President Bush said yesterday that U.S. support is helping to bring AIDS prevention and treatment to hundreds of thousands around the globe, as he marked World AIDS Day before an assemblage of top officials and a somewhat jet-lagged South African family flown in for the occasion.
The President's Emergency Plan for AIDS Relief (PEPFAR), which aims to spend $15 billion over five years, is helping to support 400,000 people on lifesaving antiretroviral therapy. Nearly all are in sub-Saharan Africa, where 12 of the plan's 15 "focus countries" are located. Three years ago, 50,000 Africans were receiving treatment.
"I believe America has a unique ability, and a special calling, to fight this disease," Bush said in a hall at the Eisenhower Executive Office Building.
Bush's speech, attended by five Cabinet secretaries and many ambassadors from African nations, came as the world is about to miss by a wide margin the goal of providing AIDS drugs to 3 million people from low-income countries by the end of 2005. The World Health Organization set that "3 by 5" target in 2003.
As of June, 970,000 people in low- and middle-income countries were on AIDS drugs, out of 6.5 million who urgently need them, according to WHO. In all, 40.3 million people are living with HIV infection worldwide. Slightly fewer than 5 million people became infected this year, and 3.1 million died.
The Bush program spent $2.4 billion in 2004, its first year, and is spending $2.8 billion this year. The president has requested $3.2 billion for 2006.
The other large source of money for AIDS treatment in the developing world is the Global Fund to Fight AIDS, Tuberculosis and Malaria, which was founded in 2001 and is based in Geneva. It receives donations from countries and foundations, and awards grants to programs that meet specific criteria and performance standards.
The fund reported yesterday that it is supporting AIDS treatment for 384,000 people -- 60,000 more than six months ago, and nearly triple the number of a year ago.
Bush's program provides most of its funding through "bilateral" relationships with the 15 countries, an arrangement that is designed to give it greater oversight and control and that yields better publicity than if it worked primarily through the global fund. Even so, the United States is the biggest single contributor to the fund. It provided $600 million from 2001 to 2003 and has pledged an additional $1 billion. That $1 billion is part of the $15 billion cost of Bush's program. In the past two years, Congress has increased the appropriation above the administration's request.
Rapidly enrolling patients in treatment is a priority for both PEPFAR and the fund. At a meeting of the Group of Eight countries in July, Bush agreed with leaders of the other highly industrialized nations to work toward "universal access to treatment" for the world's AIDS patients by 2010 -- an even taller order than the 3 by 5 target or PEPFAR's goals.
David Bryden, a spokesman for the Global AIDS Alliance, said PEPFAR's contribution "is an important step, but we still have a long way to go before we reach universal access. . . . The U.S. cannot reach that goal alone. That's why the president will have to increase U.S. support for the global fund."
Bush's comments drew an immediate response from Howard Dean, chairman of the Democratic National Committee, who said the president had not provided all of the money he pledged in 2003.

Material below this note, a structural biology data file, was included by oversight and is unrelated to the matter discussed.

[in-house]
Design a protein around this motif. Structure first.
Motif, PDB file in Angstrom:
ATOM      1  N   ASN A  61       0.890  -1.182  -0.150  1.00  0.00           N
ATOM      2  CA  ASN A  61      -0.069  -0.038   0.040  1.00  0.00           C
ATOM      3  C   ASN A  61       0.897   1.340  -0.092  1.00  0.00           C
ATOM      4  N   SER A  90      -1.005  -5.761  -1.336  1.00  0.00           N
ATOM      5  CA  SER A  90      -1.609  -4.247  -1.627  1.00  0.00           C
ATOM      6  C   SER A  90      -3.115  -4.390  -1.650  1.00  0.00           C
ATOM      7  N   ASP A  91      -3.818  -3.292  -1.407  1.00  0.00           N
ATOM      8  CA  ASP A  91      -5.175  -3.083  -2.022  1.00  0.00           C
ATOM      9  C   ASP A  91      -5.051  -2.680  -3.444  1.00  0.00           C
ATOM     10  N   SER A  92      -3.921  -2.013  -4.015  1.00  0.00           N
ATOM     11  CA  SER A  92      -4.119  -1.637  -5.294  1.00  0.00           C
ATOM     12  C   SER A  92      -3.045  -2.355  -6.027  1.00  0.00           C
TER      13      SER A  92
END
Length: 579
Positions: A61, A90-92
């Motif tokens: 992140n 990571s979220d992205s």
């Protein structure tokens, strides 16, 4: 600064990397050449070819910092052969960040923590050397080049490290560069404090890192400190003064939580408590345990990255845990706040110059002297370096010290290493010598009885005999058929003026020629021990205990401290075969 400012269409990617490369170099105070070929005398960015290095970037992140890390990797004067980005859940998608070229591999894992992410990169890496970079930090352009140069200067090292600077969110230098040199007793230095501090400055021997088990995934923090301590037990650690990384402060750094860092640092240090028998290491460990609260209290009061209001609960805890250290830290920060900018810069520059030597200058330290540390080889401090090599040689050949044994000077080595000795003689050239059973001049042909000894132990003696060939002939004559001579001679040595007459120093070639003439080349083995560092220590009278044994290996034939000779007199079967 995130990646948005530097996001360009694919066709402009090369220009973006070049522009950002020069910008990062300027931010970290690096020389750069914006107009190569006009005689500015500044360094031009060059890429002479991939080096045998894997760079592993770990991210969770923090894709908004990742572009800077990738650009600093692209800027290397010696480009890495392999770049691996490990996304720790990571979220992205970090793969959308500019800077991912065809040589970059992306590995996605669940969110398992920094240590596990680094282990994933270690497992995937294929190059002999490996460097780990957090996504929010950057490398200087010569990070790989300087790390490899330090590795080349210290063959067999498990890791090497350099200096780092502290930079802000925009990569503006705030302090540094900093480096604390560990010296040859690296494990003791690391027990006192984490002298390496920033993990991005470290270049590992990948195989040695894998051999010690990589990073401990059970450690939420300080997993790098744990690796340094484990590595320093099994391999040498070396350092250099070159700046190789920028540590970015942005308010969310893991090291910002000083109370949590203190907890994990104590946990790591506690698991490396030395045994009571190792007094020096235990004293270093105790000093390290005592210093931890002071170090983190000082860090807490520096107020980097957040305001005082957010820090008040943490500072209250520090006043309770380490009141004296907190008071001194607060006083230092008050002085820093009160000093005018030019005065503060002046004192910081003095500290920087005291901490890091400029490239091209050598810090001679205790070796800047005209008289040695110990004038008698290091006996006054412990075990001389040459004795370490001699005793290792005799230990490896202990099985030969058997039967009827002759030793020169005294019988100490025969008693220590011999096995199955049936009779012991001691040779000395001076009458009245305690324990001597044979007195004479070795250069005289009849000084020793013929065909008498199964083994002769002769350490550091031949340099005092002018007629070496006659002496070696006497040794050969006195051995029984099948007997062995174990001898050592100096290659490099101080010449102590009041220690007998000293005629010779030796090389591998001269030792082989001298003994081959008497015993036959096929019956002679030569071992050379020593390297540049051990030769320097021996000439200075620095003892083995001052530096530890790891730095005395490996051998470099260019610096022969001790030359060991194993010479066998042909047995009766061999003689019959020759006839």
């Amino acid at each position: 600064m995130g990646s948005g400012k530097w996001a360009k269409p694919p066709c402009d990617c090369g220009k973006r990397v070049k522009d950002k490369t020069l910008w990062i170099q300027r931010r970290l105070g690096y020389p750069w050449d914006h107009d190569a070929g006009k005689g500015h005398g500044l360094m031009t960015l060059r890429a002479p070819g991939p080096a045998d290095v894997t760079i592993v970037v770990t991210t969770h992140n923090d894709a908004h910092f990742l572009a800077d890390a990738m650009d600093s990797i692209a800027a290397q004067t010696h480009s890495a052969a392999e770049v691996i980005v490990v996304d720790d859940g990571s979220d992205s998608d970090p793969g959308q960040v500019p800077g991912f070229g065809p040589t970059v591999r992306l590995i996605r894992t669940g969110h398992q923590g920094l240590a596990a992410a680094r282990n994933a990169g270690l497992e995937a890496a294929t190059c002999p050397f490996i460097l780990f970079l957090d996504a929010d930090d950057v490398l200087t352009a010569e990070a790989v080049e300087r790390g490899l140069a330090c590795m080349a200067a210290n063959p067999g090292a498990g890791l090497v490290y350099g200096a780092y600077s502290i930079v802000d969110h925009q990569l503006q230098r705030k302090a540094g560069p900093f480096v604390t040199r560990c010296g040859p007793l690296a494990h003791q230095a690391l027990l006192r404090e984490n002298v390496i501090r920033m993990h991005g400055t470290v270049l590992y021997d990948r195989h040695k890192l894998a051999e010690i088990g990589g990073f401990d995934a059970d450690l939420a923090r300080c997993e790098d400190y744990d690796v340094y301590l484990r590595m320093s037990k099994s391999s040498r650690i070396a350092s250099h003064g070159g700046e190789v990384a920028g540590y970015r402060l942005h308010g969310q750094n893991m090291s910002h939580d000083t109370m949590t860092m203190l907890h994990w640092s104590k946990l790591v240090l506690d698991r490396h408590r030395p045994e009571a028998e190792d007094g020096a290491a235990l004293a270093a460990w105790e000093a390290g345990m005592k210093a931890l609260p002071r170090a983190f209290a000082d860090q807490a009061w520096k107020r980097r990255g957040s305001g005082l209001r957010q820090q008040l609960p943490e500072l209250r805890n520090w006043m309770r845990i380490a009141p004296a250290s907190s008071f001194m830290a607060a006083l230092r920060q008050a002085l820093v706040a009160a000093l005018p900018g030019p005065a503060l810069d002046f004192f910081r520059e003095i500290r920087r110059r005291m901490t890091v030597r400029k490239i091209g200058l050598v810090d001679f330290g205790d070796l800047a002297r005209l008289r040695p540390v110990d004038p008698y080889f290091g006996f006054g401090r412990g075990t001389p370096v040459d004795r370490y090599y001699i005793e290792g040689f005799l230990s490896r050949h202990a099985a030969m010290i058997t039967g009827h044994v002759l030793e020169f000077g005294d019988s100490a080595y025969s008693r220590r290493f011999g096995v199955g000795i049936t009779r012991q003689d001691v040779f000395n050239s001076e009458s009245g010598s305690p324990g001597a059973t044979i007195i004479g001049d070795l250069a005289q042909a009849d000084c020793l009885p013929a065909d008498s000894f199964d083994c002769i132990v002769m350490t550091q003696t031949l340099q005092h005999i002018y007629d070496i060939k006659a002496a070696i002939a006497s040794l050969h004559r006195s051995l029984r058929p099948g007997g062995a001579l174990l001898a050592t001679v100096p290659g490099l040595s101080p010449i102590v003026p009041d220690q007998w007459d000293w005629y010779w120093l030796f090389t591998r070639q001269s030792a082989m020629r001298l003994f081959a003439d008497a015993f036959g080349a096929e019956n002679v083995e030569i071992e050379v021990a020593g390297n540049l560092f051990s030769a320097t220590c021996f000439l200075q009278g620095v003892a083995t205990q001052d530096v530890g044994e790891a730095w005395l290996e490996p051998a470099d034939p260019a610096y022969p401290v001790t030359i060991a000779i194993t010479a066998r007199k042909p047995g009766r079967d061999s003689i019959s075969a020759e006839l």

"The Bush White House has talked a big game on fighting AIDS, but has consistently shortchanged the president's initiatives and stood in the way of important global efforts to curb this disease," Dean said.
On the stage behind the president at the AIDS event were three recipients of U.S.-supported treatment, Thandazile Darby, 35, and her two children, Lewis, 4, and Emily, 5, of Durban. All are HIV-positive, as was Darby's husband and the children's father, who died in 2002. The three are receiving antiretroviral drugs provided through a program supported by the Elizabeth Glaser Pediatric AIDS Foundation, which is funded in part by the administration's program.
While the president spoke, Emily, wearing a pink blouse, drew up her legs and lay down on her chair, her head on her mother's thigh. Lewis leaned his head back and nestled against Helga Holst, medical director of Durban's McCord Hospital, where the two children and 150 others are treated.
"It's the effect of a long speech," Bush said to laughter as he turned and introduced the family. "I want to thank you for joining us today, and I want to thank you for your strong example of courage."
Also attending was Peter Mugyenyi, 56, a physician from Kampala, Uganda, who began treating AIDS patients with triple antiretroviral therapy in 1996, the year that approach took off in the United States, where it has dramatically reduced AIDS deaths and restored thousands of people to near-normal health.
Mugyenyi was the first to use the multidrug regimen in Uganda, and one of the first in the region. He said there are now about 67,000 Ugandans on it, with PEPFAR helping to pay for about a third.
Backstage after the speech, Darby said she and her children have had dramatic responses to the drugs, which have not proved as onerous to take as she expected. In a 10-minute chat with the president and Laura Bush, she said she "thanked him for supporting us."
The Bushes invited the family to the lighting of the White House Christmas tree last night. They have tickets to see the baby panda at the National Zoo this morning and will fly home tonight.